Want to join us in fighting climate change? Check out the Techstars Sustainability Challenge! We’re bringing together founders, nonprofits, and universities with industry leaders, and we’ll choose the most promising ideas and partner the very best with top companies to build out real-world solutions.
The sheer scope of the climate problem affects a significant portion of the overall economy. The energy sector is undergoing radical change today as we move to renewables and decentralization. Transportation is similarly transitioning to electrification and fleet-based business models. Wholesale changes in those industries are mid-flight. So too are sustainability-led transformations in food and agriculture, manufacturing and industry, construction and commercial real estate. It goes even beyond this. Just look at how rapidly the financial sector is adopting ESG and other risk-oriented models. And how quickly insurers are starting to consider the implications of climate risk — including risks of sea level rise, wildfires, and floods — on policies they underwrite. This is already happening and will come to a head during this decade.
The days of sustainability as purely a corporate social responsibility concern are starting to wane; you only have to look at disruptors like Tesla or Beyond Meat to see that in addition to the moral imperative of addressing the problem, the unit economics of sustainability and renewables are clearly starting to work. Beyond that, many companies are beginning to realize that if they don’t begin to invest in sustainable innovation today, the future clean-up costs they will face will be higher by orders of magnitude.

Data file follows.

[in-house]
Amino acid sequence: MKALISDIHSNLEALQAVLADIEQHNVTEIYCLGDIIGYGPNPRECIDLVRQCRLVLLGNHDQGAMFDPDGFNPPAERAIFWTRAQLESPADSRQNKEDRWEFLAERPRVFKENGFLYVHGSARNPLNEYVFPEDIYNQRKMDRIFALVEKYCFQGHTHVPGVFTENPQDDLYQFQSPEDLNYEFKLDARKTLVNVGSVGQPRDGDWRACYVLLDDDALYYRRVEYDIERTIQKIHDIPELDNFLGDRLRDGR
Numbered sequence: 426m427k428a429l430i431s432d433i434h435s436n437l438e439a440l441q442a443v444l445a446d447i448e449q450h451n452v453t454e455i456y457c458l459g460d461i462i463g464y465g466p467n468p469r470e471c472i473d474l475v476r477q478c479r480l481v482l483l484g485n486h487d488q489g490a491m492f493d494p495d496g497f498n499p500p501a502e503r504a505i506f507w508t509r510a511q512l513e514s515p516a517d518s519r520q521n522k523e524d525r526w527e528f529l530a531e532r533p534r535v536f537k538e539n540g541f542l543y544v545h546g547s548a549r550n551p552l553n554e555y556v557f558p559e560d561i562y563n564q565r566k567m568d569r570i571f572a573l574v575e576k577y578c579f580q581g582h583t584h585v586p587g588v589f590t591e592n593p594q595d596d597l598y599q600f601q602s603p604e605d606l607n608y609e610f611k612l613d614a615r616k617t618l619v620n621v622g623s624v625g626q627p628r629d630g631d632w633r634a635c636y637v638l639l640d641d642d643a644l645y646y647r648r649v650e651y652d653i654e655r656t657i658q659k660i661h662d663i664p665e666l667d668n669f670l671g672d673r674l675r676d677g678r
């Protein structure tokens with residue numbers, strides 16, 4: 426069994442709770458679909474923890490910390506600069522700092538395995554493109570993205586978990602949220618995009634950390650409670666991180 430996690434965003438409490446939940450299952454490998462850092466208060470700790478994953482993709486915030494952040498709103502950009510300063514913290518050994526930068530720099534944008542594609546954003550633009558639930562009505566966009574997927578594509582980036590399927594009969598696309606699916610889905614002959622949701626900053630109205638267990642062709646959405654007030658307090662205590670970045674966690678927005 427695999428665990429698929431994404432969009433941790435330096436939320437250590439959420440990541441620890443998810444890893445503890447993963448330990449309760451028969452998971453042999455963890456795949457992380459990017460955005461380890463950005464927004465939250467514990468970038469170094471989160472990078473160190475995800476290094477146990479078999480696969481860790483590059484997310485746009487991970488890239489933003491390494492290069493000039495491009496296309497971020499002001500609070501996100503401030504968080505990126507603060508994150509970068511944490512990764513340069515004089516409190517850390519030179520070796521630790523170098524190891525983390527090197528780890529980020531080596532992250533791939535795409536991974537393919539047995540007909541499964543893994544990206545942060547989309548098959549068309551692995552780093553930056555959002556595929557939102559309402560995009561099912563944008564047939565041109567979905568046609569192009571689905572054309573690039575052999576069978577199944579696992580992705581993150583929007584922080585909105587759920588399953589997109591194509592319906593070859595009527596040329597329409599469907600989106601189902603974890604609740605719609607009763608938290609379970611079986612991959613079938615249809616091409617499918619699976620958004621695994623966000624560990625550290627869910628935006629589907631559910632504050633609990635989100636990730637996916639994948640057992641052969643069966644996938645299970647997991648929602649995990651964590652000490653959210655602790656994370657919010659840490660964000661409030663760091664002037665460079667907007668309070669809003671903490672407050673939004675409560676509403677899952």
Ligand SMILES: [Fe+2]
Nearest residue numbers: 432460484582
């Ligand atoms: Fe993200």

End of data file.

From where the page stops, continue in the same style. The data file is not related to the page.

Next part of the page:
Just as corporations often look to startups to speed up their innovation, they are also turning to startups to fast track their paths to sustainability. With the climate clock ticking, many corporate leaders concede that with the rapid and wholesale transformation needed right now, it is or is about to become an all-hand-on-deck effort, and finding innovation from the outside is critical. This is because startups — agile teams on the bleeding edge of tech developments and new frontiers — can grant corporations the nimbleness and experimentation required to meet this moment. Corporate leaders are finding that working with startups offers the best chance to test new concepts quickly and with lower risk.
This is something we see in our sustainability accelerators. Techstars has so far launched six partner-backed accelerators for entrepreneurs, innovators, and people passionate about new energy solutions, new agriculture solutions, and sustainability overall. These programs offer corporations the opportunity to develop deep business relationships with startups, whose products test ideas and create prototypes, without the brand risk or technology risk of doing it under their own roof. The collaborative results, meanwhile, offer hope for a greener tomorrow.